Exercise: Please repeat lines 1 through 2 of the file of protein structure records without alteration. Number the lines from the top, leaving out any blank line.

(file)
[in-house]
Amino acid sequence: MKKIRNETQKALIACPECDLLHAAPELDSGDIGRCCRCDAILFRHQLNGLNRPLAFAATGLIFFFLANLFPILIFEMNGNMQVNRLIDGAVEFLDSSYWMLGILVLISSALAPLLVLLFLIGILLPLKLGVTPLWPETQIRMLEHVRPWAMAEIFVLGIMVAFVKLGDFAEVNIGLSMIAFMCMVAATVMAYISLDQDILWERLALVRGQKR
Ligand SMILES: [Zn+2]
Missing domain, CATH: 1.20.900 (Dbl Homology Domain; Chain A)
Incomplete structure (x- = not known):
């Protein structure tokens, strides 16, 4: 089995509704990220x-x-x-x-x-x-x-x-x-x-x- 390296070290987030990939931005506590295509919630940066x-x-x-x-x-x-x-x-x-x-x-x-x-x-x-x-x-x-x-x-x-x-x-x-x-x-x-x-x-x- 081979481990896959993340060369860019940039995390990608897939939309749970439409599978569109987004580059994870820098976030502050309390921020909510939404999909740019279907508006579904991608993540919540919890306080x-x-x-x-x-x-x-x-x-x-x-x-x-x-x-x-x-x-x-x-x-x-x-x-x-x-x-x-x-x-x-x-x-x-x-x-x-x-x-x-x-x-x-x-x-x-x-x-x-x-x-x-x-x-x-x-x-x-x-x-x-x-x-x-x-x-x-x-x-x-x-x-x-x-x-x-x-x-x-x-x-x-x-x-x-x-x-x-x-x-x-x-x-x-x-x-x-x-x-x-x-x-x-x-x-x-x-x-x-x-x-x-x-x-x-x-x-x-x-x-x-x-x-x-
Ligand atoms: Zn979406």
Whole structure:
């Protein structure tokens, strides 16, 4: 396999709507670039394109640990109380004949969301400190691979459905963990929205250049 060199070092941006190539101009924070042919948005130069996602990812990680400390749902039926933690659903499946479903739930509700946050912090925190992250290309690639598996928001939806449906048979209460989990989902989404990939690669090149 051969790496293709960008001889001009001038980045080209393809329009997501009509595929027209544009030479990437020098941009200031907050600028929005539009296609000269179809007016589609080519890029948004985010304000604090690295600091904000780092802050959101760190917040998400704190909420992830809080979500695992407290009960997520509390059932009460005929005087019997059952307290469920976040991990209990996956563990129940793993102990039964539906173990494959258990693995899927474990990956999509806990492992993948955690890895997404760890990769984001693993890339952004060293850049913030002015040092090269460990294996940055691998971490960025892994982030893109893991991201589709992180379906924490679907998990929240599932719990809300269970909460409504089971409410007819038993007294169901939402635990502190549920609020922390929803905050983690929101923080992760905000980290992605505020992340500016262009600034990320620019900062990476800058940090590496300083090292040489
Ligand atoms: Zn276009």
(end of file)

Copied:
[in-house]
Amino acid sequence: MKKIRNETQKALIACPECDLLHAAPELDSGDIGRCCRCDAILFRHQLNGLNRPLAFAATGLIFFFLANLFPILIFEMNGNMQVNRLIDGAVEFLDSSYWMLGILVLISSALAPLLVLLFLIGILLPLKLGVTPLWPETQIRMLEHVRPWAMAEIFVLGIMVAFVKLGDFAEVNIGLSMIAFMCMVAATVMAYISLDQDILWERLALVRGQKR